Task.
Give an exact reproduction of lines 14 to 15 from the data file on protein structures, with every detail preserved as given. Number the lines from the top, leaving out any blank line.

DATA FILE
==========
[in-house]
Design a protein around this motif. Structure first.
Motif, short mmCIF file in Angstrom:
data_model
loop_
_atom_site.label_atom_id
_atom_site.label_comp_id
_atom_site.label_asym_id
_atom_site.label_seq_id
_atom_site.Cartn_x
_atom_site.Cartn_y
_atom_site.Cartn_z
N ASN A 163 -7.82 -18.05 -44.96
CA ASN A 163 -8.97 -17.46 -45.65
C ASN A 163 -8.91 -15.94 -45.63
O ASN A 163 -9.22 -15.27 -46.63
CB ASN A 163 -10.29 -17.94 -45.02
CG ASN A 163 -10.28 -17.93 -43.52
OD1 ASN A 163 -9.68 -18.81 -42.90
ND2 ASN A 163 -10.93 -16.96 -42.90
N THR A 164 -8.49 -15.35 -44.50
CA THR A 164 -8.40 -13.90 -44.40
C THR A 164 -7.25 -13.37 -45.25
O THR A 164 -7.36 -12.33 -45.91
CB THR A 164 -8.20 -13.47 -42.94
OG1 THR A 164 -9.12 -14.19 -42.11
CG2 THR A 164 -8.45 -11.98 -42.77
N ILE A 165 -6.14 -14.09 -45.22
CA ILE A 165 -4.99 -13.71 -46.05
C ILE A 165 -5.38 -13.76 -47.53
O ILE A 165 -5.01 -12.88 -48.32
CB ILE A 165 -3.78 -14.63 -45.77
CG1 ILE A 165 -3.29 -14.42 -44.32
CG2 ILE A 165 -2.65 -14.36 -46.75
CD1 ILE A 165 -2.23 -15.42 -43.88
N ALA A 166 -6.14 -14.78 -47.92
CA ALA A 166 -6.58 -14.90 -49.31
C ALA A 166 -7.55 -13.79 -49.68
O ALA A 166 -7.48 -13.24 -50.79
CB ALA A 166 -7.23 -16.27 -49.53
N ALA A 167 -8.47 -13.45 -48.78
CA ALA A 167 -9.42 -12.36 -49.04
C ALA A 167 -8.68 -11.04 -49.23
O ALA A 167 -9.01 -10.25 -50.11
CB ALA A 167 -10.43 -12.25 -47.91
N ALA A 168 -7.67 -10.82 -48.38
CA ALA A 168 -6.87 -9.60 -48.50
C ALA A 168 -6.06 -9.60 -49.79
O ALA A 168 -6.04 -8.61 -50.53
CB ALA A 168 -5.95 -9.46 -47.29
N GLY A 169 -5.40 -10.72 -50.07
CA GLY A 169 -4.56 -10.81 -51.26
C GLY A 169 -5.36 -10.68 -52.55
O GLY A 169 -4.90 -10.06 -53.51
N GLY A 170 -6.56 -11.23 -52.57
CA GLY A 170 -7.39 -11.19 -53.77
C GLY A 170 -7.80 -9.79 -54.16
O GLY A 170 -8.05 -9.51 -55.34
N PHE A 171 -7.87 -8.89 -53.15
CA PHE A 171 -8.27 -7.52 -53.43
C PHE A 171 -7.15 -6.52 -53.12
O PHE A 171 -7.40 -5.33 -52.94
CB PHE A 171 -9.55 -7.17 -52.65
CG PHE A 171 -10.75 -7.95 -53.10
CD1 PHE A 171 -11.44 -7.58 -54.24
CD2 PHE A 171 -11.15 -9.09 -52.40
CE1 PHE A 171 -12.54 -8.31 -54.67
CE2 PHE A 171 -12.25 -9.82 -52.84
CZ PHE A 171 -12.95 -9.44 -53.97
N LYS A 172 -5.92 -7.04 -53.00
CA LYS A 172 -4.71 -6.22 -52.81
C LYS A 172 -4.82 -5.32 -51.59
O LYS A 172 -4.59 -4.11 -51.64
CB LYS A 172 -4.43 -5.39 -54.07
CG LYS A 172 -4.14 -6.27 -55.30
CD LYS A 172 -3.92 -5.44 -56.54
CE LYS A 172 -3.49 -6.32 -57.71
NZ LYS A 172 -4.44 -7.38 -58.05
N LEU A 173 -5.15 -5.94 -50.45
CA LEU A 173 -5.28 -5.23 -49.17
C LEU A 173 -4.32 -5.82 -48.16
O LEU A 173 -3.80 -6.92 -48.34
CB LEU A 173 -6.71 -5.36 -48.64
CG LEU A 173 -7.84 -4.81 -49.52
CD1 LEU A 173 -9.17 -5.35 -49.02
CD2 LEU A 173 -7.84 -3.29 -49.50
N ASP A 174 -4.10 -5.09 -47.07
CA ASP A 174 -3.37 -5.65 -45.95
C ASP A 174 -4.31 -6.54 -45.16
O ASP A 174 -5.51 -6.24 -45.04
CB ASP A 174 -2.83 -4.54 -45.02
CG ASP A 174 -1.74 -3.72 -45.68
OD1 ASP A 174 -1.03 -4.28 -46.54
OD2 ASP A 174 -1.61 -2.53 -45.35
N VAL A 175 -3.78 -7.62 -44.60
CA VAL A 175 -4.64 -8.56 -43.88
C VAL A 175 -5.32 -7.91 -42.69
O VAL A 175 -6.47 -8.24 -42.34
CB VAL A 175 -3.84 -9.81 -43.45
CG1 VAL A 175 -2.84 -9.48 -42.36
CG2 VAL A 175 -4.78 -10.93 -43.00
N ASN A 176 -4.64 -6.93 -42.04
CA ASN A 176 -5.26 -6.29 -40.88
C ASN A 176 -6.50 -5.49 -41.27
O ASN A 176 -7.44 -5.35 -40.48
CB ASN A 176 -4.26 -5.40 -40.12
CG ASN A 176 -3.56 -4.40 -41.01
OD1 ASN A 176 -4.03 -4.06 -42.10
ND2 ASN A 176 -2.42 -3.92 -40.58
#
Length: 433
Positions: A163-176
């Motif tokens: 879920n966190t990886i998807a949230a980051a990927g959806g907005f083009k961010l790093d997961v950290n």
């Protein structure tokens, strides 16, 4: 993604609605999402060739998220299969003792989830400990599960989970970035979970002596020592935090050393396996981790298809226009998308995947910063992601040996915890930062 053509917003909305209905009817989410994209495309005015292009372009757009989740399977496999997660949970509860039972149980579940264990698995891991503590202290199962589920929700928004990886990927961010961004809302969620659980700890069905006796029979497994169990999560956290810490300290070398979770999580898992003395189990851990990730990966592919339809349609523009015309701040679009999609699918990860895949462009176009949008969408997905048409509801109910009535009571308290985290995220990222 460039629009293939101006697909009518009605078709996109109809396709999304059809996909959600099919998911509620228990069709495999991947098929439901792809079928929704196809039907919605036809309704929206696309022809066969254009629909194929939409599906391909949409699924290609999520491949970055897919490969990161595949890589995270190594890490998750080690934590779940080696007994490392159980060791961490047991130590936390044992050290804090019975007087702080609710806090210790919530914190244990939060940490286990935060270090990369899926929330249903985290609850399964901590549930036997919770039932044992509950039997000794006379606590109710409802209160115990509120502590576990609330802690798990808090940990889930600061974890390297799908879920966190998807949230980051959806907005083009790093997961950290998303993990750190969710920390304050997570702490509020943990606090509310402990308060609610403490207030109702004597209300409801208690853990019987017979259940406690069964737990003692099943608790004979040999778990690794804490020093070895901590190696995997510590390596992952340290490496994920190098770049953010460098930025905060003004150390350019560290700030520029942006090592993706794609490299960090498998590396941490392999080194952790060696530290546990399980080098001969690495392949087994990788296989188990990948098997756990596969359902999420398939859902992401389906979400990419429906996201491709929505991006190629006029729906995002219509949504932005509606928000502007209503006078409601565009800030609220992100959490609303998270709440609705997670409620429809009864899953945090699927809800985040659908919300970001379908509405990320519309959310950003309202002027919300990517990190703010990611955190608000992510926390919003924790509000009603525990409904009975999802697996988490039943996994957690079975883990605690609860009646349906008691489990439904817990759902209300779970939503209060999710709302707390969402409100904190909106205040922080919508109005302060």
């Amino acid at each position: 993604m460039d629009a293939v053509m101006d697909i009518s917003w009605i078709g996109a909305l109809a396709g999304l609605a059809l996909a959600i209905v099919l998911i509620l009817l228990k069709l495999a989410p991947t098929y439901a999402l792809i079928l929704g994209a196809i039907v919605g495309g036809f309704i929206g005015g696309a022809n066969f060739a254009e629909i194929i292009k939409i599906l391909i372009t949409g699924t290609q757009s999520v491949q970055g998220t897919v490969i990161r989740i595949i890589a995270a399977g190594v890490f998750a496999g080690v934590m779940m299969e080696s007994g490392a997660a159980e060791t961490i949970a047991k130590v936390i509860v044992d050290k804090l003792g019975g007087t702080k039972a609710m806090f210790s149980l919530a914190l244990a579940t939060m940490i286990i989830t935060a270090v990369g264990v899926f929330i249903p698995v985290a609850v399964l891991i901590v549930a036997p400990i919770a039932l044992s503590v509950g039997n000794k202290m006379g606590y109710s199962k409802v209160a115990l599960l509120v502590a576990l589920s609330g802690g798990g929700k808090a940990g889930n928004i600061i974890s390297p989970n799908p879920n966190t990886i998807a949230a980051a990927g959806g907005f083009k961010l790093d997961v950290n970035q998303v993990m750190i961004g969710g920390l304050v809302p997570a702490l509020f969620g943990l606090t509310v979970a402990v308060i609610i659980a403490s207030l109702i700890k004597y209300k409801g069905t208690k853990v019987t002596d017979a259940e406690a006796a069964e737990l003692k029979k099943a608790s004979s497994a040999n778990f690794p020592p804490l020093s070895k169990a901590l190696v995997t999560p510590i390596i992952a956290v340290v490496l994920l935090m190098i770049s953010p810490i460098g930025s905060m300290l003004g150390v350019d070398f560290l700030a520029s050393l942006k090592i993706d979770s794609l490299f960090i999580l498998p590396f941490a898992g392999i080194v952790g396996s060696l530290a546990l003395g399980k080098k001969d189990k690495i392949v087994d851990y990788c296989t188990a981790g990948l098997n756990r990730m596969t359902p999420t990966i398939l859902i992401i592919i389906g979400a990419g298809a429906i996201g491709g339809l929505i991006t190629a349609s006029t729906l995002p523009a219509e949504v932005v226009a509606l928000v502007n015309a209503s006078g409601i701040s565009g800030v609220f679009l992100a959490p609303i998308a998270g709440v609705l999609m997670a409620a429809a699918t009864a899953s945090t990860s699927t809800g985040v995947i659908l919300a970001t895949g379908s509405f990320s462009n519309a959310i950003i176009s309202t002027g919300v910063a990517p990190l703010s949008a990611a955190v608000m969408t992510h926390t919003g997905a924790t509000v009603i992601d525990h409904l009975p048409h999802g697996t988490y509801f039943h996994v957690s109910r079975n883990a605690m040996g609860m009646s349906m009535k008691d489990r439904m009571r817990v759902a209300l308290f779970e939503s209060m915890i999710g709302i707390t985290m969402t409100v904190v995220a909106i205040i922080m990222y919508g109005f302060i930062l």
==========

CA ASN A 163 -8.97 -17.46 -45.65
C ASN A 163 -8.91 -15.94 -45.63